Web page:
Think Brussels sprouts are just for Christmas Dinner? Think again! They’re one of my favourite vegetables, so while this dish (from BBC Good Food) is a great Boxing Day option to use up leftovers, I’ll happily eat it at any time. This really does make a fantastic main for Veganuary. Brussels sprouts are high in fibre and Vitamin C, and are full of antioxidants, which help to protect your cells against free radical damage. This fast, filling dish takes just 10 minutes to cook, so it’s ideal for a speedy mid-week supper.
Top tip: You can use any type of flat rice noodles for this recipe – just check the ingredients to make sure they are vegan, as some versions do include egg.
Lemony peas & radish with ChicP herby hummus
If you’re keen to give your taste buds a treat, this ChicP recipe is fast, flavourful and oh-so-easy to assemble. Peas and mint is a tried and tested combination, and adding radishes to the mix adds a subtle peppery kick. For this Veganuary dish, you basically mix the main ingredients together in a bowl, heat the flat breads and spread generously with the topping. Drizzle with a little extra virgin olive oil for some added deliciousness.
Vegan spaghetti Bolognese
If you enjoy the traditional meat-based dish, you’re sure to love this vegan twist from FullGreen. Low in calories, this recipe works with both keto and paleo meal plans, and it’s even diabetic-friendly, thanks to the inclusion of riced sweet potato. It’s a great staple, filling vegan dish that’s perfect for feeding a hungry family. In addition to the sweet potato, this sauce includes chestnut mushrooms, tomatoes, red pepper and onion, so it’s packed full of potassium, vitamins and magnesium.
Top tip: Serve with courgette noodles instead of traditional spaghetti for a lower carb option.
Crème caramels with caramel oranges
A vegan diet doesn’t have to mean deprivation and/or a dearth of desserts. This recipe for vegan crème caramels with caramelised orange slices, from Delicious Magazine, does involve a little effort, but believe me, it’s worth it! It features a clever combination of vegan cream cheese, vegan cream and unsweetened almond milk. Cardamom is one of my favourite spices, and here it adds some extra oomph to the citrus zing of the oranges. Sprinkle with pomegranate seeds for the prettiest of pudding plates.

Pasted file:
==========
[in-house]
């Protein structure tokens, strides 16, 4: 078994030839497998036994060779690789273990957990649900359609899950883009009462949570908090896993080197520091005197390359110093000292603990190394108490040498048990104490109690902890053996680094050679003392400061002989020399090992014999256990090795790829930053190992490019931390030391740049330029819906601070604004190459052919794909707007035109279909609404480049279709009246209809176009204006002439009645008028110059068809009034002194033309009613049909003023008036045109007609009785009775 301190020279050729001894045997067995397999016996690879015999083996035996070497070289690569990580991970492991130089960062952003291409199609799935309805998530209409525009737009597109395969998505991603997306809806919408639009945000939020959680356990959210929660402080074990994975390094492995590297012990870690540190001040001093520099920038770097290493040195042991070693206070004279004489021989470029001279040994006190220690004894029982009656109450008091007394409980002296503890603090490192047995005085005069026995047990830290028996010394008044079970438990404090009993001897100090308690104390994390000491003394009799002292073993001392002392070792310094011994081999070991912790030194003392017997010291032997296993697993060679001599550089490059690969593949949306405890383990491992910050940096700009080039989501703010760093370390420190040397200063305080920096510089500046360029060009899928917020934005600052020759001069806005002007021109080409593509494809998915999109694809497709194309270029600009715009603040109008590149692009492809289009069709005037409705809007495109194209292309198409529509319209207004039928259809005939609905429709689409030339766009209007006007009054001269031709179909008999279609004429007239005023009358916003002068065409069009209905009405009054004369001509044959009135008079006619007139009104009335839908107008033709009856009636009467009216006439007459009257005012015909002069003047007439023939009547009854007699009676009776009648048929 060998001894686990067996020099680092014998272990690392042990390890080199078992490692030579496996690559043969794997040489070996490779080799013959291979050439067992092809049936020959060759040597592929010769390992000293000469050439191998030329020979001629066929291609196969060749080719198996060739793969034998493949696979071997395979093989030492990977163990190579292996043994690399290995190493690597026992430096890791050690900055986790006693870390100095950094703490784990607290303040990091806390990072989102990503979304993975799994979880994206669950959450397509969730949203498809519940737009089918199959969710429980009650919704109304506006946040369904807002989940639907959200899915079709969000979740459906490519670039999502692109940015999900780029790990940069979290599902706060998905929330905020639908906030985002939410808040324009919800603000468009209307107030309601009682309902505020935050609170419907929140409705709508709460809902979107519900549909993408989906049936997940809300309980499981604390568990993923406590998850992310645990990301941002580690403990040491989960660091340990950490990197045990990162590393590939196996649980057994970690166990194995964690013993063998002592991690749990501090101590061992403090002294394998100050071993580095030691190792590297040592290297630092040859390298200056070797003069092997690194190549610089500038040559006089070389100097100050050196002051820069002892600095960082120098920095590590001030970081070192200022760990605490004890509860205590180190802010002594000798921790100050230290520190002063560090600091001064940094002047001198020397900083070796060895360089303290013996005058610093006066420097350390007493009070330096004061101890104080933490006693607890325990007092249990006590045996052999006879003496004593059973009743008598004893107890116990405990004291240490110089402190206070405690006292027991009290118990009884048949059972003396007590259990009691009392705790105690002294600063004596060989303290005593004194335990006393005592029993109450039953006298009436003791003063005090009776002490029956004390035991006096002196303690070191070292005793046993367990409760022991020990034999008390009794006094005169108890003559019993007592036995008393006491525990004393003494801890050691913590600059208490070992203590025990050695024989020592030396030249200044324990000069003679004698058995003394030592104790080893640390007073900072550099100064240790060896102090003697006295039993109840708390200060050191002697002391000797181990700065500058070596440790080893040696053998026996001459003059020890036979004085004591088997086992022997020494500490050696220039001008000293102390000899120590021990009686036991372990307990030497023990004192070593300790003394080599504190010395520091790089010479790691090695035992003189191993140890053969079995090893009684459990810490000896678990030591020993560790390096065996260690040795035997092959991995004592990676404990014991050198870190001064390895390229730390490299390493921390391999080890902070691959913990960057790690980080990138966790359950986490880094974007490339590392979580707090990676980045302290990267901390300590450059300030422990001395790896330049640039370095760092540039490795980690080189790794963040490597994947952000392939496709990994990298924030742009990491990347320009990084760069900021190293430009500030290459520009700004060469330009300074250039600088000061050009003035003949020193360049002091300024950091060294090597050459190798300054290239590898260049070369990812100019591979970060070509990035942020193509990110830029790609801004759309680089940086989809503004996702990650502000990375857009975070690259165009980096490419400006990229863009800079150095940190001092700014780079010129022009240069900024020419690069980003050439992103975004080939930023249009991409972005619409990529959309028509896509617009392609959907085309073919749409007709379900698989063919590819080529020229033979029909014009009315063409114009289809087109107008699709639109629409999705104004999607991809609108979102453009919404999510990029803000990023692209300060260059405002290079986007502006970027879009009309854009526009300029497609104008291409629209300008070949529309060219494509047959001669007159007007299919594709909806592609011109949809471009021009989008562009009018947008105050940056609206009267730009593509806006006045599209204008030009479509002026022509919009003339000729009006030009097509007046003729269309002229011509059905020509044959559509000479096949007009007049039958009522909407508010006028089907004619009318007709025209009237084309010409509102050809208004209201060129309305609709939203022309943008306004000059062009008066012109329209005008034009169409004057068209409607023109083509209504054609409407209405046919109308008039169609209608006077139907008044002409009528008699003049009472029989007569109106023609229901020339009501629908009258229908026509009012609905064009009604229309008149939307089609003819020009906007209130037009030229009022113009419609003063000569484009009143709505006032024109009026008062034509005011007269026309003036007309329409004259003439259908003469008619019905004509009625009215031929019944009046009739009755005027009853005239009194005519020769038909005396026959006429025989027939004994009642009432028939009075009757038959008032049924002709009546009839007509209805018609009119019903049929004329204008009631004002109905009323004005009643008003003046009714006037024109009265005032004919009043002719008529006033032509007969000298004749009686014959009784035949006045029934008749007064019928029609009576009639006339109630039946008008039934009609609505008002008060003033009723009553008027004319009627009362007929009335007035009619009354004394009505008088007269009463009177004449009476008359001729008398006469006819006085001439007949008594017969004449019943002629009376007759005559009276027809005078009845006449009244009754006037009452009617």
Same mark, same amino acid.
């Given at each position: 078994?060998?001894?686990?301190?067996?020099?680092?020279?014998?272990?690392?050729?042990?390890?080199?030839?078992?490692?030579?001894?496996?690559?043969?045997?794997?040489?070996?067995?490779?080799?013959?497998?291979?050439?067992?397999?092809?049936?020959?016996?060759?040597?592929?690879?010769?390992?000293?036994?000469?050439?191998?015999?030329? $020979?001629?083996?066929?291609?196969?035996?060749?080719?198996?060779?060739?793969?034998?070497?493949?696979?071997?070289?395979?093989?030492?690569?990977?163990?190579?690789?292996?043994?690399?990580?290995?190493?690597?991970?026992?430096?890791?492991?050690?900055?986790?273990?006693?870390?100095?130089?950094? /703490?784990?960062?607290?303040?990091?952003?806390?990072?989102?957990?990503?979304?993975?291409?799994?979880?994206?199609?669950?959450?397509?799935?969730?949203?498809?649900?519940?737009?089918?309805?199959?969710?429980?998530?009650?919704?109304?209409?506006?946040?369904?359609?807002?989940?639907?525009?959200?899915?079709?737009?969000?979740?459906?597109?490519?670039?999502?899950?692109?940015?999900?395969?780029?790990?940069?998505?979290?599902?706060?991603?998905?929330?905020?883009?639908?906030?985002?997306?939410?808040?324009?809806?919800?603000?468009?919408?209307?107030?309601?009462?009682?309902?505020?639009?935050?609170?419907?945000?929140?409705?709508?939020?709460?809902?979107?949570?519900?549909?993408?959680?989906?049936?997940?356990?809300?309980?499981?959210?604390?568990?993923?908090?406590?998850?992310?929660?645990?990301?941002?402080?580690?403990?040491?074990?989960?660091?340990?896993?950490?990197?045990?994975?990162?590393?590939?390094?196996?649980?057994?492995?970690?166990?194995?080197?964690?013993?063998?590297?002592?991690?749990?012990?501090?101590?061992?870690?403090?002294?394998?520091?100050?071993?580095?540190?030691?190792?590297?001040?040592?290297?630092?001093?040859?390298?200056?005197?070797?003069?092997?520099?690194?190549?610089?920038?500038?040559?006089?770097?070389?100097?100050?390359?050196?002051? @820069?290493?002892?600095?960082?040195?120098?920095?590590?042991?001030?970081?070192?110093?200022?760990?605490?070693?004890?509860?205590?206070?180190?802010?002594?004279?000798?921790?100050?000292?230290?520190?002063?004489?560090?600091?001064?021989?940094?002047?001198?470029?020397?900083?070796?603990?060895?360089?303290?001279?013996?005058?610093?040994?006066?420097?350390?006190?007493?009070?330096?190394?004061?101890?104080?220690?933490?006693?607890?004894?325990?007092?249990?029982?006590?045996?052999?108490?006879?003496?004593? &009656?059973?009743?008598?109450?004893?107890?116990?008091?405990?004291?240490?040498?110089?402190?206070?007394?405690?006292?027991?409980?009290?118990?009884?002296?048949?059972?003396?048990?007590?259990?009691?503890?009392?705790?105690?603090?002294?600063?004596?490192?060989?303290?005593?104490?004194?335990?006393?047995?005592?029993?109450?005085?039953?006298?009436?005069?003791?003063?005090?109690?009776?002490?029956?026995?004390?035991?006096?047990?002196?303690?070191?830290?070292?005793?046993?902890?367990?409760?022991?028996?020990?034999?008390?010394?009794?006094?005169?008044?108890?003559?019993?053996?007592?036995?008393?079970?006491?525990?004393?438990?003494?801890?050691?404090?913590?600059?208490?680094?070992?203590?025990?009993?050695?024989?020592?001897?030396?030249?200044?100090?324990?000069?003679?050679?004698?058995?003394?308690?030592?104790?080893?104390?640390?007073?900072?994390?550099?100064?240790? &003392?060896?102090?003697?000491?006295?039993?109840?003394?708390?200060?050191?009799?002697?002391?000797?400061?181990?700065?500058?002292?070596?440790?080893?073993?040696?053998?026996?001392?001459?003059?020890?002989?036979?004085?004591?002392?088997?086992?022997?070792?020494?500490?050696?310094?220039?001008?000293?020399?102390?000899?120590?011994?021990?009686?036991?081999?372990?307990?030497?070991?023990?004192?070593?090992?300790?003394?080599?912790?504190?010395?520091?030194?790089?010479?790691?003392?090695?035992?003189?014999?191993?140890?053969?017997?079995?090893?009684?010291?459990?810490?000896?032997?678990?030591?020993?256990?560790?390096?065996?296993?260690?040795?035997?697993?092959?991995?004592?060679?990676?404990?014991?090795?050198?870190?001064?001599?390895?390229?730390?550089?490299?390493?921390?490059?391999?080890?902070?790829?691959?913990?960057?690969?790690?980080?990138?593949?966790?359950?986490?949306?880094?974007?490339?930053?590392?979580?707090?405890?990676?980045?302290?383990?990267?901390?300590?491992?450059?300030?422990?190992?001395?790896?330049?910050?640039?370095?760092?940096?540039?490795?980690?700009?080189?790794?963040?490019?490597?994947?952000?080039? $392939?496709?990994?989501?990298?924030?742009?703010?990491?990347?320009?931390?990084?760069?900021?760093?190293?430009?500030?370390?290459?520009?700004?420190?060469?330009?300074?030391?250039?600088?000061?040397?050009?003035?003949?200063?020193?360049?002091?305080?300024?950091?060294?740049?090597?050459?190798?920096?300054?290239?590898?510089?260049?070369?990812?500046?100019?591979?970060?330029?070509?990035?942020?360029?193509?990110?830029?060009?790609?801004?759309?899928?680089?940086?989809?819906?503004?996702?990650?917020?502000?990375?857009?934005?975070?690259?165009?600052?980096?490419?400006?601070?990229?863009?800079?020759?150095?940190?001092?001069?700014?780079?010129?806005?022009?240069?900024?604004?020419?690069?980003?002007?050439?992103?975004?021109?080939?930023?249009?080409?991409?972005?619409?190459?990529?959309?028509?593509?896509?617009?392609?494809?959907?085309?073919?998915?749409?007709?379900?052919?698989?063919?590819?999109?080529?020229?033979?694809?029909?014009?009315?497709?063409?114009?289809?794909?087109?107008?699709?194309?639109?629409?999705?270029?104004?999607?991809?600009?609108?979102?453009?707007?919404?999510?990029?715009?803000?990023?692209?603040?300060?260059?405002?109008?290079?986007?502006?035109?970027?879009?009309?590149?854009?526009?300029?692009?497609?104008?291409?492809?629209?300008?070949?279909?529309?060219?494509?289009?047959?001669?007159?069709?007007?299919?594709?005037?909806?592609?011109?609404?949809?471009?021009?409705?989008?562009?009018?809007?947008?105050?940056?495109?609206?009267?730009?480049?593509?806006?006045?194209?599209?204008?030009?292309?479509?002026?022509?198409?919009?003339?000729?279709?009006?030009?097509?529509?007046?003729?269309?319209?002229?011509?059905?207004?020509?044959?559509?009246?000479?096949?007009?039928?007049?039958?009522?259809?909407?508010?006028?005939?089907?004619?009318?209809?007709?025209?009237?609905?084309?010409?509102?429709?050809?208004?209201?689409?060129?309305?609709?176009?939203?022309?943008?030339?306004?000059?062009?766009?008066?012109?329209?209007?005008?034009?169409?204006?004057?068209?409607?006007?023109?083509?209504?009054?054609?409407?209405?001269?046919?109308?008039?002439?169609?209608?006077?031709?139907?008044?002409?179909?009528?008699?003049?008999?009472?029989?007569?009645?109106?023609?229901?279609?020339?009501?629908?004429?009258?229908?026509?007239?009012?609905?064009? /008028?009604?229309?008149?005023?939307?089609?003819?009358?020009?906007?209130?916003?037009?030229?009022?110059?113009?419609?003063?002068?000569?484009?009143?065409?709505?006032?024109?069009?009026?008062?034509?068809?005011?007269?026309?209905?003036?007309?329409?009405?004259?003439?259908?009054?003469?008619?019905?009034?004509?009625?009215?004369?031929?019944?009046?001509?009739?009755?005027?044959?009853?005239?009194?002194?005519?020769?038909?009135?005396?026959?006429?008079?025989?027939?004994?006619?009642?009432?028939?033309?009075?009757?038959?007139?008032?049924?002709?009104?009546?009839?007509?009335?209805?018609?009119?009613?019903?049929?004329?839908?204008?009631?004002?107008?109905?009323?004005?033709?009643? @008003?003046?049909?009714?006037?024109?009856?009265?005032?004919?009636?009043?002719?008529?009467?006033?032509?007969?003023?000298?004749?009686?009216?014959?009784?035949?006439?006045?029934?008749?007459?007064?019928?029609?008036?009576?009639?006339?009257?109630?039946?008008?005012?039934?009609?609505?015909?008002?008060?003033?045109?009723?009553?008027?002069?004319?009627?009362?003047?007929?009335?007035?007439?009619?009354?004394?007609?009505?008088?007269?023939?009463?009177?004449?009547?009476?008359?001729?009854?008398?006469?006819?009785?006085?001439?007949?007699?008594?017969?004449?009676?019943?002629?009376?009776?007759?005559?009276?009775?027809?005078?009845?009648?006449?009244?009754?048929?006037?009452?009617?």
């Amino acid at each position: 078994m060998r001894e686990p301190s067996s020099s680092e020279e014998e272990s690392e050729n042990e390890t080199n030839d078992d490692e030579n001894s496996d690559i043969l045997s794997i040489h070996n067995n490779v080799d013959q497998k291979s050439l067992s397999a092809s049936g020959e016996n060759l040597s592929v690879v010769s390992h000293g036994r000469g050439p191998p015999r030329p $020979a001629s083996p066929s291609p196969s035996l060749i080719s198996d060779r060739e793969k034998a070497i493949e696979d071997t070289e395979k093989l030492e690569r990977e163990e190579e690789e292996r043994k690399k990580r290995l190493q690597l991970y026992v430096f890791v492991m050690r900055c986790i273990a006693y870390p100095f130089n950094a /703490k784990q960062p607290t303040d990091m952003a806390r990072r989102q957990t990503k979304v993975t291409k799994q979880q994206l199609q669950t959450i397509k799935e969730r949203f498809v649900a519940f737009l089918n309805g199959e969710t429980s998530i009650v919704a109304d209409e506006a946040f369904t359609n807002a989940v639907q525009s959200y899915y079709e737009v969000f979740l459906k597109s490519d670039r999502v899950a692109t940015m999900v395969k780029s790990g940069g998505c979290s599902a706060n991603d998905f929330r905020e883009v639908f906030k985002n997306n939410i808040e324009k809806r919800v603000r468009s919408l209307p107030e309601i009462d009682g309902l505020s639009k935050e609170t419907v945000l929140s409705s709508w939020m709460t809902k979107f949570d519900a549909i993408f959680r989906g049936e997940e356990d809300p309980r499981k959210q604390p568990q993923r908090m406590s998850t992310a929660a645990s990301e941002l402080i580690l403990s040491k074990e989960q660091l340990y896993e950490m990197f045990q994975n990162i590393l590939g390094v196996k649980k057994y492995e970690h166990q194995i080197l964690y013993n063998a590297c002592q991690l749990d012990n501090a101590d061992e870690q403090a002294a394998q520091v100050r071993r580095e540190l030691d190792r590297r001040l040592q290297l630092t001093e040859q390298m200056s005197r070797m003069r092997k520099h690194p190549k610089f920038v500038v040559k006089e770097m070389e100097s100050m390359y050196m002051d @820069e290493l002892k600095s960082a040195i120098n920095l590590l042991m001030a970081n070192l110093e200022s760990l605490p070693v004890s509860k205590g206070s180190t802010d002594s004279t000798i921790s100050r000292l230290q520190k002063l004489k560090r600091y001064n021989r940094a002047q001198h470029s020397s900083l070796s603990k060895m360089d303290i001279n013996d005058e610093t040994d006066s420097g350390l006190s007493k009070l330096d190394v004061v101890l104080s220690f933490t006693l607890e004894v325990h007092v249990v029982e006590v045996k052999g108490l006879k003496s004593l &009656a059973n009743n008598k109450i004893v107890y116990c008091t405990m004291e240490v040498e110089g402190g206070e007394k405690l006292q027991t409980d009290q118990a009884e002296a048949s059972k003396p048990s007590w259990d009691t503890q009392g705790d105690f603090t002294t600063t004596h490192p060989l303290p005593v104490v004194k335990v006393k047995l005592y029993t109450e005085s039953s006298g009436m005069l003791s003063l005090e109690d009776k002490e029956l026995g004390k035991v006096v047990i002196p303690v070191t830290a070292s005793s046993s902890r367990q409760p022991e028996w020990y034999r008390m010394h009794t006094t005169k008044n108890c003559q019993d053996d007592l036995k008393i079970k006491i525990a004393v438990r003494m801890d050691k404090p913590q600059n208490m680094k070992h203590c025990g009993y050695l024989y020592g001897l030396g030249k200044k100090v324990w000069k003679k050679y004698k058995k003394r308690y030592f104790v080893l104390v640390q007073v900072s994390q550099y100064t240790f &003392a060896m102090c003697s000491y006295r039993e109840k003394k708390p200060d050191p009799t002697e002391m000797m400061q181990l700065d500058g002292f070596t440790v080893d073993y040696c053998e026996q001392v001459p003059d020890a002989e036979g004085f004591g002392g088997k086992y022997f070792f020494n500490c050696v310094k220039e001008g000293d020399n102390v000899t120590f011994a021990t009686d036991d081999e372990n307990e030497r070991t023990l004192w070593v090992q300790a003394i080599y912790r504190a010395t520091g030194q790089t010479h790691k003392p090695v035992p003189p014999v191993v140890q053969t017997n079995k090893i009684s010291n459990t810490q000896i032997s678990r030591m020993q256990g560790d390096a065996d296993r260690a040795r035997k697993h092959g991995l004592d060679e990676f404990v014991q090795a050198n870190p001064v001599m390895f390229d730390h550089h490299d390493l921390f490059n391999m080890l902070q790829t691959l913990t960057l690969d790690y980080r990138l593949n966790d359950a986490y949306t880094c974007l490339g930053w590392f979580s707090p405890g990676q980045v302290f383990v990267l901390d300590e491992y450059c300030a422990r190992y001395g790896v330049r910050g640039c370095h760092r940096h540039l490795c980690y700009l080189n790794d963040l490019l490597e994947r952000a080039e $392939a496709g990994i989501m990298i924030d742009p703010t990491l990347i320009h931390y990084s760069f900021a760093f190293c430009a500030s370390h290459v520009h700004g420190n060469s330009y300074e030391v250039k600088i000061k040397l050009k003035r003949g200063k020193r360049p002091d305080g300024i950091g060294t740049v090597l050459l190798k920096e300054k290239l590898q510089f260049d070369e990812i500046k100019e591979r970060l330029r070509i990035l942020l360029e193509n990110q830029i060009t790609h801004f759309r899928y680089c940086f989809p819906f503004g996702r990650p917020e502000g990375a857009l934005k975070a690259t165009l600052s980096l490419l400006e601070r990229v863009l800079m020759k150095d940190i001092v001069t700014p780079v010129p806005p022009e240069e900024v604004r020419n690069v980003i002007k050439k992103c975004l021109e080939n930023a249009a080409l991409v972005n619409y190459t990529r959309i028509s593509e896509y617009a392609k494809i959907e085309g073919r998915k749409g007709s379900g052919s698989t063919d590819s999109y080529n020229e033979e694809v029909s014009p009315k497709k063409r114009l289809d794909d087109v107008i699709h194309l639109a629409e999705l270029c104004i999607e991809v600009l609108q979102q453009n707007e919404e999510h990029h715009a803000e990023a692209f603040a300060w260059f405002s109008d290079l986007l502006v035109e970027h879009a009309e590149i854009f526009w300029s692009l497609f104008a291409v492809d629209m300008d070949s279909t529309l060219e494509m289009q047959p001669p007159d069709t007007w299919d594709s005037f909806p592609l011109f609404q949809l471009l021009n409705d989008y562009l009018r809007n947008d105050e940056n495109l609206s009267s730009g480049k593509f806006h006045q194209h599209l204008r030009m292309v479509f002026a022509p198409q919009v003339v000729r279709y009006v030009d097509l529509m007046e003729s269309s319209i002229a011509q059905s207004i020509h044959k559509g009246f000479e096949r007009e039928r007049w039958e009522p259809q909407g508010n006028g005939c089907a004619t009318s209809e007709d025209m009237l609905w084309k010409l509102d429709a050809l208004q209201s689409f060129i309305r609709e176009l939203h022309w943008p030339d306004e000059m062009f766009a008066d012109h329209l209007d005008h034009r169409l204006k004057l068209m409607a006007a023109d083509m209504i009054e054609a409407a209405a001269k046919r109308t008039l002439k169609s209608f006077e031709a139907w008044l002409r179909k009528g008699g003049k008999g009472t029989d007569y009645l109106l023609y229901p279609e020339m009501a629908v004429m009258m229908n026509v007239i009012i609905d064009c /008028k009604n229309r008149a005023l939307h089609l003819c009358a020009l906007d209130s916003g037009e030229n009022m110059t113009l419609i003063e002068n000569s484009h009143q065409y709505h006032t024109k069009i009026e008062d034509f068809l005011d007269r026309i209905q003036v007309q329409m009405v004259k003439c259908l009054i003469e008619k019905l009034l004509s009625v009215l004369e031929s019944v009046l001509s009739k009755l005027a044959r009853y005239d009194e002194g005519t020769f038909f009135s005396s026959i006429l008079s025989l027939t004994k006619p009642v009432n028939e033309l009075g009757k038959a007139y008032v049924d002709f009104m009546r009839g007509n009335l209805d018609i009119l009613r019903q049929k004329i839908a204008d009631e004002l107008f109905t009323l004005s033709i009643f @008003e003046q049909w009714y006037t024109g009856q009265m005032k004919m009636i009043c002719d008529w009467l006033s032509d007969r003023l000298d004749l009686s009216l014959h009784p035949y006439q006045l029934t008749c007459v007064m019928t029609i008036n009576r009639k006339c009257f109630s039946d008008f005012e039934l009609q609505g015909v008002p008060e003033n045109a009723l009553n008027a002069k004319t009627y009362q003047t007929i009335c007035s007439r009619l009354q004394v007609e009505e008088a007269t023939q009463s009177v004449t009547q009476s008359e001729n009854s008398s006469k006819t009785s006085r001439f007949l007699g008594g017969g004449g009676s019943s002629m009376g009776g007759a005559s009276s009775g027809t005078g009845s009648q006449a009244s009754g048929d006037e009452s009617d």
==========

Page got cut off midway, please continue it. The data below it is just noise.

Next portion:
Top tip: Before serving, dip the bases of the ramekins into a bowl of just-boiled water, to help them ‘turn out’ more easily.
Vegan sticky toffee pudding
Sticky toffee pudding is one of my all-time favourite desserts. It’s such an indulgent comfort food – and who doesn’t enjoy a little of that at this time of the year? The good news is, I’ve found a vegan version from Olive Magazine that’s every bit as delicious as its dairy-filled counterpart. The delicate sponge is packed with spices, and the toffee sauce features rich, dark brown sugar. Just like traditional sticky toffee pudding recipes, this Veganuary option features dates, for natural sweetness. Dates also contain a selection of vitamins and minerals including calcium, vitamin K and magnesium – all vital for healthy bones.
Please don’t be put off by the long(ish) ingredients list! The method takes a while, but there’s nothing too complex to overcome, and after less than an hour and a half (plus cooling) you’ll have a Veganuary dessert to die for.
Top tip: If you’re allergic to nuts, exchange the cashews for sunflower seeds.
Interested in finding out more about how to extend vegan principles to other areas of your life? Click here to read my round-up of the best vegan and cruelty-free skincare options.